I am a user of both social network apps. Why don't these big companies provide a back-to-top button after scrolling down? Similar to Ebay and Tumblr.

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  • 2
    To get a proper answer to that you'd have to ask the UX teams at Facebook and Instagram. There may be a technical issue due to the infinite scroll layout they use but I'm not sure that's the real reason. Sep 16, 2016 at 7:03
  • You could just click on home and it'll reload the feed for you!
    – Tarek
    Sep 19, 2016 at 10:14
  • Is it obvious? and why would you load the page again when you can have a button to return it to the top/recent feed?
    – Sknny
    Sep 20, 2016 at 17:19
  • They do, it's just that you have to tap on the home button when you are at home screen. In early days it was "double tap on home to scroll to top" but nowadays pretty much all the apps have "Tap on home when you are on home" to scroll to top Sep 28, 2016 at 13:34
  • As I said, home button refreshes the page, why would you expect users to click on HOME button when they're already in HOMEPAGE (Newsfeed). Try Ebay, Tumblr or even Dribbble and check if it reloads, it rather points to the 0px of the page.
    – Sknny
    Sep 29, 2016 at 16:02

2 Answers 2


To some extent, they DO have that, though not in exactly that form. In many of those apps (Facebook and Twitter, at least, and Gmail in the desktop), clicking on the main Nav item that best represents that "flow" or "stream" page/experience performs double duty.

In Gmail, your main experience is the Inbox, but there are other filters and boxes you can view, such as the Important filter:

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Now, if I click on the Inbox link from here, it will return me to the Inbox:

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If, however, I now page through my email in the Inbox to deep in my email list, and THEN click the Inbox item again, it will bring me BACK to the first items of my Inbox list. This actually includes THREE functions, since clicking it while you are already on the first page of results will trigger a reload that will check for new mail.

Similarly, if you are scrolling through your Twitter app on, say, the Moments or Notifications "tab" and you touch the Home tab, it will first take you back to that Home feed, but right where you left off when you were last viewing it:

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Touching that Home tab AGAIN, however, will rapidly scroll you up to the very top of your feed and show you the most recent tweets:

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Facebook works similarly. While this is not as explicit as a "Back To Top" control, it is becoming fairly standard in apps, and makes a certain amount of sense, especially in environments where different methods of tapping, pressing, or holding can result in different actions.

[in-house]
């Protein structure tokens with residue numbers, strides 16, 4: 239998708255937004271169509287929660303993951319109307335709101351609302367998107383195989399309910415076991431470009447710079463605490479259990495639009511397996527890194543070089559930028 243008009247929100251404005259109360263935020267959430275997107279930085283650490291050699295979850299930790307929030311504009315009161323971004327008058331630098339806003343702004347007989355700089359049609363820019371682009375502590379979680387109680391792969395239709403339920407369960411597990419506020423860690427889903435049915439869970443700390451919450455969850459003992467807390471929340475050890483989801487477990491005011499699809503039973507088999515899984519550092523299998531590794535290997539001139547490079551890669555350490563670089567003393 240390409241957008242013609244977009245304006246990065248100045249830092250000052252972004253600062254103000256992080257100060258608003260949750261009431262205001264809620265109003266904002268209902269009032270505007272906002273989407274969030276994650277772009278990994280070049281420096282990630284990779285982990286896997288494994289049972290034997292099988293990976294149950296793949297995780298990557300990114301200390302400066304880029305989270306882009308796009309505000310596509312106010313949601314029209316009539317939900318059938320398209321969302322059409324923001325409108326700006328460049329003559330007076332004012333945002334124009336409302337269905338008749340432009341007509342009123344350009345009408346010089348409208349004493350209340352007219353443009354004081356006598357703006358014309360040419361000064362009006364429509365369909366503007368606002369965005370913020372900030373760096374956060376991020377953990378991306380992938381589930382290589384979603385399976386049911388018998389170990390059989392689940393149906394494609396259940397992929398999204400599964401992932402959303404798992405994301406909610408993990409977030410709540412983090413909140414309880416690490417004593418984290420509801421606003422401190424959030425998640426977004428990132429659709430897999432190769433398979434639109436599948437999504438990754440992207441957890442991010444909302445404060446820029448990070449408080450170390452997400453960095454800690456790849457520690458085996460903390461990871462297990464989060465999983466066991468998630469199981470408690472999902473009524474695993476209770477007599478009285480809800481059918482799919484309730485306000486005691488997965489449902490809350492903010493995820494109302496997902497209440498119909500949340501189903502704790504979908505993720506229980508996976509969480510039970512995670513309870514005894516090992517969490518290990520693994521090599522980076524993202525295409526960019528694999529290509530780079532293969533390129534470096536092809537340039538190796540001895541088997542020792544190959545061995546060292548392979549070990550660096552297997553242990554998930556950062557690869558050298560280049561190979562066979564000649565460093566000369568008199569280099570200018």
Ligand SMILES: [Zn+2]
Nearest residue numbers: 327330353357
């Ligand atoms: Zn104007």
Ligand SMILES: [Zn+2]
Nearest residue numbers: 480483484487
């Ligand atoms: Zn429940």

I personally find it quite intuitive.


Because it violates user's mental model of the behavior of a link.

According to Jacob Nielsen:

Users have developed a strong mental model for link following , which has several elements:

  • Clicking a link navigates you to a new place.
  • After you click, the old page goes away .
  • A new page loads into the window, replacing the old page.
  • You first see the top of the new page.
  • The Back button returns you to the old page.

Basically, he explains that users expect to go a new page when clicking any link but when the page scrolls up they get confused because their expectation is violated. Also if users try to click the browser's back button again the site doesn't behave as expected. Another confusion.

Users get confused where they are in the site.

From his experiments he explains that most of the users wasted more time than save clicking the browsers back button several times and trying to go to the intended location.

Jacob Nielsen's research makes sense because the majority of Facebook and Instagram users have low computer literacy. Thus, when they click a link that doesn't behave as usual they get confused whey did they go, why the back button didn't work as expected and got them back at the login screen.

For us UX-ers and developers it is hard to imagine that this may confuse someone but this is because we have already build the right mental model for "Back To Top" links. In other words we know what will happen when we click such a link and users with low computer literacy don't. This is because this is something new to them, and they get confused.

  • 1
    This. As an experienced computer user, I despise "back-to-top" links because they pollute my browser history/stack. Furthermore, all of my devices already have the ability to go back to the top of the page natively (Home button, T key on my BlackBerry, address bar on iPhone, etc.). Why add another one?
    – user69458
    Sep 16, 2016 at 22:08

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